Depending on the pressure and temperature of the thermal fluid, water can expand up to 1,100 times its initial volume when it converts to steam. No matter how it gets in your thermal fluid heater, it's your job to get it out.

Two samples from the same system: Sample A (top), from a low-point drain, shows a water layer below the heat transfer fluid, yet Sample B (bottom) show now signs of water infiltration in the fluid. There are a number of reasons that sampling may not show any water.

Maybe the first clue is the sudden appearance of hot thermal fluid in the overflow tank (or on the floor of the heater room). Or, it may be a drop in circulating-pump pressure. Whatever it is, water contamination in an operating thermal-fluid system is hard to ignore. What causes everybody to start scratching their heads is that the symptoms of water contamination don't always follow the rules. They can appear suddenly or over time, at an outlet temperature of 212 oF (100oC) or at more than 500oF (260 oC). The symptoms can occur when the system is already at operating temperature, or as it is warming up. No matter how or when it starts, it is not good news for anybody involved.

How much water can cause a “problem”? Water is almost completely insoluble in mineral-oil-based thermal fluids, and because it does not mix in, it behaves like water always does -- turning to steam at 212oF and 0 psig. Depending on the pressure and temperature of the thermal fluid, water can expand up to 1,100 times its initial volume when it converts to steam. Another way of looking at it is that a 7 oz glass of water can displace up to 55 gal of fluid when it flashes to steam. No matter how large the system volume, 55 gal of steam is going to cause a problem somewhere. Even if the expansion tank can handle the increase in volume, the resulting cavitation will accelerate pump wear.

Sometimes, it is obvious that water is going to be a problem. Even though every manufacturer warns against it, there are users who insist on using water to pressure test or to flush new systems. Drying the system with a nitrogen purge may look good on paper, but the water doesn't always evaporate within the time allowed.

Sometimes, it's not obvious that water will be a problem. For example, water can enter a system during construction and remain isolated in a cold dead leg for years without causing any problems. Vented systems located in areas with high humidity can become contaminated if the dewpoint is higher than the expansion tank temperature. Water can get into drums that have been stored outside. While a visible layer of water in a sample taken from a low-point drain is a sign of serious contamination, there are a number of reasons that sampling may not show any water. Because the water droplets do not flow readily along the bottom of the pipe, detecting the water in a sample from one loop (or even two or three) is more luck than skill. And, once the main circulating pump has run, the water will disperse into a “haze” which may not be visible if the fluid has darkened. While laboratory testing can detect water to the parts-per-million level, the bottom line is that no matter how scientific the results, you are still going to have to do something about it.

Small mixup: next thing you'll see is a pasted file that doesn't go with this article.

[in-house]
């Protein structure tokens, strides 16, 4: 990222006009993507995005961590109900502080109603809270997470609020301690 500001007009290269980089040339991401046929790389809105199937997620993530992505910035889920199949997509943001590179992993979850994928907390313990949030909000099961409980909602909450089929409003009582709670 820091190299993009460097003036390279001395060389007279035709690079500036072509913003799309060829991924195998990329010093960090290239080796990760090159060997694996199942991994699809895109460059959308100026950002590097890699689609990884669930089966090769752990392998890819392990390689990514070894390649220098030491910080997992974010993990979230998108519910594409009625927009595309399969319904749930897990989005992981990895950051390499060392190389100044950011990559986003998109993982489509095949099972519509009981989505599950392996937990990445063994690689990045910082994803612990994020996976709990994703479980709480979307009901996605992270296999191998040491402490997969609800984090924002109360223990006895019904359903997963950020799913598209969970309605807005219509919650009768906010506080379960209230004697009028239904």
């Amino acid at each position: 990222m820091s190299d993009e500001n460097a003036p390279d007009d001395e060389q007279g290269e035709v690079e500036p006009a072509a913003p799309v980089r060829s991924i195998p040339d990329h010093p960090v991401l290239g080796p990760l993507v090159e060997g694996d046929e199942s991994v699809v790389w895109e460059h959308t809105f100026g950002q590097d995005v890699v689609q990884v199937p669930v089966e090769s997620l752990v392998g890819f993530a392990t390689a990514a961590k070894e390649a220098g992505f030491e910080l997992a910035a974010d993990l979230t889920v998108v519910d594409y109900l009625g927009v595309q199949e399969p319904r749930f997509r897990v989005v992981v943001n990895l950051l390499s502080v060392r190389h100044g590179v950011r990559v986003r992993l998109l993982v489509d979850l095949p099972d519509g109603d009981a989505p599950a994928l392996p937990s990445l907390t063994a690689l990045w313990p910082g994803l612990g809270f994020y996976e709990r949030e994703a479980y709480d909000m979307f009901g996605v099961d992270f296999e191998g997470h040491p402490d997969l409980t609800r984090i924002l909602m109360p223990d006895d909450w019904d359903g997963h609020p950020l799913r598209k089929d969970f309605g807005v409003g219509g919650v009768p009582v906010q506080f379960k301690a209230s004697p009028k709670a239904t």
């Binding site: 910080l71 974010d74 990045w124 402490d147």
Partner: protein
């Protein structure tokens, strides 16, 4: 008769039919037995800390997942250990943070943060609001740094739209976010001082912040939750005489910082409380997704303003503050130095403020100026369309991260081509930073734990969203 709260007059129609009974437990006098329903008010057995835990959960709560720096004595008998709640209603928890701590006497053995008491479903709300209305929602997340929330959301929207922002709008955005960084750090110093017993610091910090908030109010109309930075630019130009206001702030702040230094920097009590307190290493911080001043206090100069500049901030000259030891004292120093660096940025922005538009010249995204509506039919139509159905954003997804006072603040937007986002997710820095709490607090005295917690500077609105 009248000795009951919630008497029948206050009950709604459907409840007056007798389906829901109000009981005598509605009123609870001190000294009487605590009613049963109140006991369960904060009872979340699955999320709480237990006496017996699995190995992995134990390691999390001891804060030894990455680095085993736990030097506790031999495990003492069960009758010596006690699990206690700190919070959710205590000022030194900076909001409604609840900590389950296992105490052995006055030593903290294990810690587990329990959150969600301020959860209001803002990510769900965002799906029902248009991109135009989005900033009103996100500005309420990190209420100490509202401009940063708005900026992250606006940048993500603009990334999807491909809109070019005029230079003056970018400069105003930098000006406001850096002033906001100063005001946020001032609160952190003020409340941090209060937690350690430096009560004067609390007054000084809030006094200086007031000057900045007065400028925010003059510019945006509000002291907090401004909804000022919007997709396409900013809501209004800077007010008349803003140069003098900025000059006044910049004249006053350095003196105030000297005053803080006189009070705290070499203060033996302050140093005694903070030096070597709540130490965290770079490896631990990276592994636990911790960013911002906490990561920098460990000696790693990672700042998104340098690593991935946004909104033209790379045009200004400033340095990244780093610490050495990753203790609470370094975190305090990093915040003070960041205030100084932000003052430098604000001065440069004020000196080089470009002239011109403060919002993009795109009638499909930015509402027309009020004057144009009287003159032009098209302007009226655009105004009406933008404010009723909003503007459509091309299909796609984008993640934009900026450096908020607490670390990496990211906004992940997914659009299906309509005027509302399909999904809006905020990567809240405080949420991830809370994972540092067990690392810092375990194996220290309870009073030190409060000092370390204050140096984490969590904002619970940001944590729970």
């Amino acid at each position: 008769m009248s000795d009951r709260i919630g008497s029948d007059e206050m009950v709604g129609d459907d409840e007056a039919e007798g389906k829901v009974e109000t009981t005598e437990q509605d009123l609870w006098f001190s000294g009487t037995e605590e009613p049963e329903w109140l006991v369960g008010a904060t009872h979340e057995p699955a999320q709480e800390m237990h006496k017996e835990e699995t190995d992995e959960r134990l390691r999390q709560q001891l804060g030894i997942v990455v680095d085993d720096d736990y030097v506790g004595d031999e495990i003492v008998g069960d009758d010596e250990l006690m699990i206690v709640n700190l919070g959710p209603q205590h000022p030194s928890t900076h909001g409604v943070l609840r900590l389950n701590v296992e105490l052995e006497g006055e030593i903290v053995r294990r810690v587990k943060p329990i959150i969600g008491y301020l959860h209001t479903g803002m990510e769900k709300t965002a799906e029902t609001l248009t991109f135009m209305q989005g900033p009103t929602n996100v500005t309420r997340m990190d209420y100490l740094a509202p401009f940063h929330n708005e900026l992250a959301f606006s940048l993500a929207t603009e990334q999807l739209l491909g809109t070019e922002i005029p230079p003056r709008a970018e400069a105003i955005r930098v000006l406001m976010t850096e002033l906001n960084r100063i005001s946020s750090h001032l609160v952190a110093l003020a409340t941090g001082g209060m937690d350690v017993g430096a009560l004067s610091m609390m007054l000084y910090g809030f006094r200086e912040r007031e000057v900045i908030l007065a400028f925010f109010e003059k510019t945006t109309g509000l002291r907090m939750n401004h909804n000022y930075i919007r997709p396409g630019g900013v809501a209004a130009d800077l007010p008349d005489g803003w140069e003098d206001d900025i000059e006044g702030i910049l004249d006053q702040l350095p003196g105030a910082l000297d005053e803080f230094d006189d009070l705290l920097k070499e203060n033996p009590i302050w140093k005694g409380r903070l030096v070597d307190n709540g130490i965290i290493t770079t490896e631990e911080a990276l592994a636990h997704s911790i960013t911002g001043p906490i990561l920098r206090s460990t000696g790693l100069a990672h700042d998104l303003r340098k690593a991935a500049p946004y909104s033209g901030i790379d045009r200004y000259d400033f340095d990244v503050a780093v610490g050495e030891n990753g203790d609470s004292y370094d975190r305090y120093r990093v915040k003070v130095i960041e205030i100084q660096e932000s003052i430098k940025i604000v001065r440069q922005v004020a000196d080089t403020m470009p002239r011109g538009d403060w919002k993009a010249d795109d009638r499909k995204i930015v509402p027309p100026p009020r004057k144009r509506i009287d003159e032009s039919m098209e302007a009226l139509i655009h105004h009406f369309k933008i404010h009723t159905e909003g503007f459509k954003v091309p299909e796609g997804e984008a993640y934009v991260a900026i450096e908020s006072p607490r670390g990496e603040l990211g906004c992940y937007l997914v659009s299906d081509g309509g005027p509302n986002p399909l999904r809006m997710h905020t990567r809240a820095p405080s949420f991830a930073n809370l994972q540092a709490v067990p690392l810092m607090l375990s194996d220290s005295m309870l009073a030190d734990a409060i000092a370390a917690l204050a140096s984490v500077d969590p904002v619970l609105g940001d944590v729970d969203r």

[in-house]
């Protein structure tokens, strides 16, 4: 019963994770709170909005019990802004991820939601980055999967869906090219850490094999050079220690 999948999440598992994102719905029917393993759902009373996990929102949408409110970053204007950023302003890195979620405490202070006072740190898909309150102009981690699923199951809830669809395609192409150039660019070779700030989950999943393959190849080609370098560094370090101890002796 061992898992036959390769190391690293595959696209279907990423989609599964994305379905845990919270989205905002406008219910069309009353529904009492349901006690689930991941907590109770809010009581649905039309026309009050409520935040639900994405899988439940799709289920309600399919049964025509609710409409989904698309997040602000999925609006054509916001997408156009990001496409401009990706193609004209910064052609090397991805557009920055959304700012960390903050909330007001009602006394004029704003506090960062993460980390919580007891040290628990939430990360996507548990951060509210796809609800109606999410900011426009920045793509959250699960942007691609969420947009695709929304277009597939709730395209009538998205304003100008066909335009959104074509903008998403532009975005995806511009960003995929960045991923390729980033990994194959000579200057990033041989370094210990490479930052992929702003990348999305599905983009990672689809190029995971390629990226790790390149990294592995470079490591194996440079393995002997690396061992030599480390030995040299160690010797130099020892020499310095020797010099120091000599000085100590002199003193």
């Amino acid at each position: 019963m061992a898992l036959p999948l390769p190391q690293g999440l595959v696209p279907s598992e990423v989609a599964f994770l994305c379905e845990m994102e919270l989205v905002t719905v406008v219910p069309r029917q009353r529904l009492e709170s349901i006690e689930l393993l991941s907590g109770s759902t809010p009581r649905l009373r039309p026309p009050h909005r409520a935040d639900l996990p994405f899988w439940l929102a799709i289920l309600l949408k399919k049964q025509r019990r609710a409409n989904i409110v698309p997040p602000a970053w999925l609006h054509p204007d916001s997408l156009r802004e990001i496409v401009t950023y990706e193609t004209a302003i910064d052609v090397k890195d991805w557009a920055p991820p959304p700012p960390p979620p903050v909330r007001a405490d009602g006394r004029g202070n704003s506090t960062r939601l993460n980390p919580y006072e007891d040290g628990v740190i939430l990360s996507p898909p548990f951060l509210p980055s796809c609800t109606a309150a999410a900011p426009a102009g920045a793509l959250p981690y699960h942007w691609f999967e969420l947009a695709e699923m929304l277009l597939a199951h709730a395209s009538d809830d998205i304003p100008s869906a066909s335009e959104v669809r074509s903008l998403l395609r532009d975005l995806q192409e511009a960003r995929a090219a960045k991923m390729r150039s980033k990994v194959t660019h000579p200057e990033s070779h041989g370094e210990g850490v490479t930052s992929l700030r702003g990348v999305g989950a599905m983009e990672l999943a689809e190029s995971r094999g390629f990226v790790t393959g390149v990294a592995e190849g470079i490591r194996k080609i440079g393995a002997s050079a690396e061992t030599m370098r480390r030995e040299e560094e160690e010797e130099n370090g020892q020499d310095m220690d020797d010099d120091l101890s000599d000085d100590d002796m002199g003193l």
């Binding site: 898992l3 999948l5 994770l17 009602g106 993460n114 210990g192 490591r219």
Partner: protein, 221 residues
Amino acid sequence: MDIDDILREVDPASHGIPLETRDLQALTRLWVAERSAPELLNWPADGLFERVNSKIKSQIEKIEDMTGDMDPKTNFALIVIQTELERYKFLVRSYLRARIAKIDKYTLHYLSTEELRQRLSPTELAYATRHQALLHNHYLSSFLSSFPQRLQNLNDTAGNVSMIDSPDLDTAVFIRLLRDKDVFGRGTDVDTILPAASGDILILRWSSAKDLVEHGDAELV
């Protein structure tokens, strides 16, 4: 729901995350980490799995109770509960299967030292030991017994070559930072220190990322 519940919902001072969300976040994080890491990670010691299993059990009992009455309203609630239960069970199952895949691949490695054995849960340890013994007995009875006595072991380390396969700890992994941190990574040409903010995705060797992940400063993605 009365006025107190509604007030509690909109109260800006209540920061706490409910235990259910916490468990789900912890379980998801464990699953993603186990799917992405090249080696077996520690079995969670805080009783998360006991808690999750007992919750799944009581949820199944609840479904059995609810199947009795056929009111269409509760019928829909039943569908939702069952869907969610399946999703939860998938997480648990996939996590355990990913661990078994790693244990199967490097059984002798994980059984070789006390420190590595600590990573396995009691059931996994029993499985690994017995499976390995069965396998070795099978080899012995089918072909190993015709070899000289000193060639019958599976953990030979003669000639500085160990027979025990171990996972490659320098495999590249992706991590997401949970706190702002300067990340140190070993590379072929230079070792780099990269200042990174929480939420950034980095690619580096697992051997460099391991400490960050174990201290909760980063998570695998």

Proactive Approach

Every cold startup and every pump cavitation and/or pressure fluctuation problem should be approached with the assumption that there is water that must be removed if the system is ever going to operate properly in your lifetime. Simply running the pump while gradually increasing the fluid temperature will not completely remove the water -- it only means that the water will find a new place to hide. Many fired systems have some type of separate deaerator to allow gases to separate from the fluid. These are useful for non-condensibles (such as air or nitrogen) but are not effective on contaminants that can condense (such as water).

The vapor has to vent to atmosphere, and the only location in the system that can handle this is the expansion tank. The key to successfully removing all of the water in the shortest time is to make sure that the expansion tank temperature stays above 212oF to prevent the vapor from re-condensing. Every bit of steam that condenses and drops back into the fluid will increase the time required to boil-out the system. Throwing insulating blankets over the top of the expansion tank will keep the headspace walls hot. Adding a low-volume nitrogen purge will help sweep the water vapor from the tank as it is generated and also will help prevent fluid oxidation.

If your thermal fluid heater has one, open the valve on the warmup line that connects the heater outlet to the expansion tank, and also open the manual vent valve on the tank. If your heater doesn't have a warmup line, consider installing one. Open the control and block valves on every loop -- you don't want to go through all of this and miss something. Also make sure that the overflow drum is empty (just in case).

Bring the heater temperature up slowly to 225oF (107oC) and check for steam and pump noise. If all is well, increase the heater temperature 5oF (2.8oC) and again check for steam and allow it to stabilize. Repeat these steps at 5oF intervals until the system is stable with a pump-suction temperature of 250oF (121oC). It doesn't matter what the heater-outlet temperature is -- it's the pump suction temperature that is the most important.

Before you put the system back into service again, make sure that the warmup line is closed. If your heater has a deaerator, it will also have a thermal-blocking tank (or thermal-buffer tank) to prevent hot fluid from entering the expansion tank. Water will collect in this tank during the boil-out. If it doesn't have a drain valve on the very bottom, install one. PH